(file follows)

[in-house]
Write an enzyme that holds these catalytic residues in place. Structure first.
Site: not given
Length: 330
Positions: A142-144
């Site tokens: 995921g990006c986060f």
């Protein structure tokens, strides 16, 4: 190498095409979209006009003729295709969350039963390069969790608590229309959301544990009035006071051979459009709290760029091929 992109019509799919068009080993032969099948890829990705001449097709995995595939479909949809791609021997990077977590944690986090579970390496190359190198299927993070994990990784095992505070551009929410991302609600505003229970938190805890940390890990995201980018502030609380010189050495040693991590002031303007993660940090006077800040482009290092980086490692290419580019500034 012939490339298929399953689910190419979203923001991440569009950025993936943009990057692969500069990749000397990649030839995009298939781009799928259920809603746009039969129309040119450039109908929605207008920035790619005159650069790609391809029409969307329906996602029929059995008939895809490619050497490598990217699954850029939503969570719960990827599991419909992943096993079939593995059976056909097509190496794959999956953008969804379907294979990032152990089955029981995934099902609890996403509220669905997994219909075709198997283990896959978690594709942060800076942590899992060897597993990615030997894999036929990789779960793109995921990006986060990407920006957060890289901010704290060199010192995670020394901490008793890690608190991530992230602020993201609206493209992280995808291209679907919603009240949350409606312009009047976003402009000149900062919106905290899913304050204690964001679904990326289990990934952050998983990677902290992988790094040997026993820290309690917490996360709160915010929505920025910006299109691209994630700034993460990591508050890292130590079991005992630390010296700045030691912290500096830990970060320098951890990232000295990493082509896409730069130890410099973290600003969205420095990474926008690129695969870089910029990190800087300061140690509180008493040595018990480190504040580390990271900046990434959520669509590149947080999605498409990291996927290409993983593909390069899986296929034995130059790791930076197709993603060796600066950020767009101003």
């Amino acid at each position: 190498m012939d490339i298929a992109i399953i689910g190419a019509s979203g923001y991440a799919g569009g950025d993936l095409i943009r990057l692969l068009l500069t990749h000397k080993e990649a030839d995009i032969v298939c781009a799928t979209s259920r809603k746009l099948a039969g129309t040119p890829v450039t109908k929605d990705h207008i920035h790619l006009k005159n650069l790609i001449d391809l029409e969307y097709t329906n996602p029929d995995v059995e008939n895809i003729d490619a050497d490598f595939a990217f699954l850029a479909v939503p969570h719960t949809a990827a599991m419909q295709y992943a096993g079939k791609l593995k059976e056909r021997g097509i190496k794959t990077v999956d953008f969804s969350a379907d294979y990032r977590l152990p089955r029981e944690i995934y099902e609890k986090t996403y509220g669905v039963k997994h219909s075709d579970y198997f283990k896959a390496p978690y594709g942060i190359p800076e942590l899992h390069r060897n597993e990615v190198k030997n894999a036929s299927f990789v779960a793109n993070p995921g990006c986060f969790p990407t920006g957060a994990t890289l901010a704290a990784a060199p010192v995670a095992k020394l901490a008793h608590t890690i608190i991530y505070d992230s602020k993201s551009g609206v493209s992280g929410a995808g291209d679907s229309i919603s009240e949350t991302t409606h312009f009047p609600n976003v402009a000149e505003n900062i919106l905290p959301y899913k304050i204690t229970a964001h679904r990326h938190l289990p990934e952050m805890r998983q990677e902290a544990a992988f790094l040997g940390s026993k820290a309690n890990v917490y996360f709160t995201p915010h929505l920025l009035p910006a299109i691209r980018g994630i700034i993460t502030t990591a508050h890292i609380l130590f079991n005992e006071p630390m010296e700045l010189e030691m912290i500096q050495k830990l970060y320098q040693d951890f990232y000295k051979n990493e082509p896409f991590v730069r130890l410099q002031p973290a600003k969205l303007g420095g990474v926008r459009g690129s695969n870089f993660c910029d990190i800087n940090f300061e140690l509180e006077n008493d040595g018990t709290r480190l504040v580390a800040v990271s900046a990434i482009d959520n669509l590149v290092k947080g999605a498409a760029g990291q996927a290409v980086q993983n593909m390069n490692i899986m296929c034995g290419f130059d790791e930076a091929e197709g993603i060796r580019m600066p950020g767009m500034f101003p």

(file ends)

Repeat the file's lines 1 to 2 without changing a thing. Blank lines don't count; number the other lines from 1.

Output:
[in-house]
Write an enzyme that holds these catalytic residues in place. Structure first.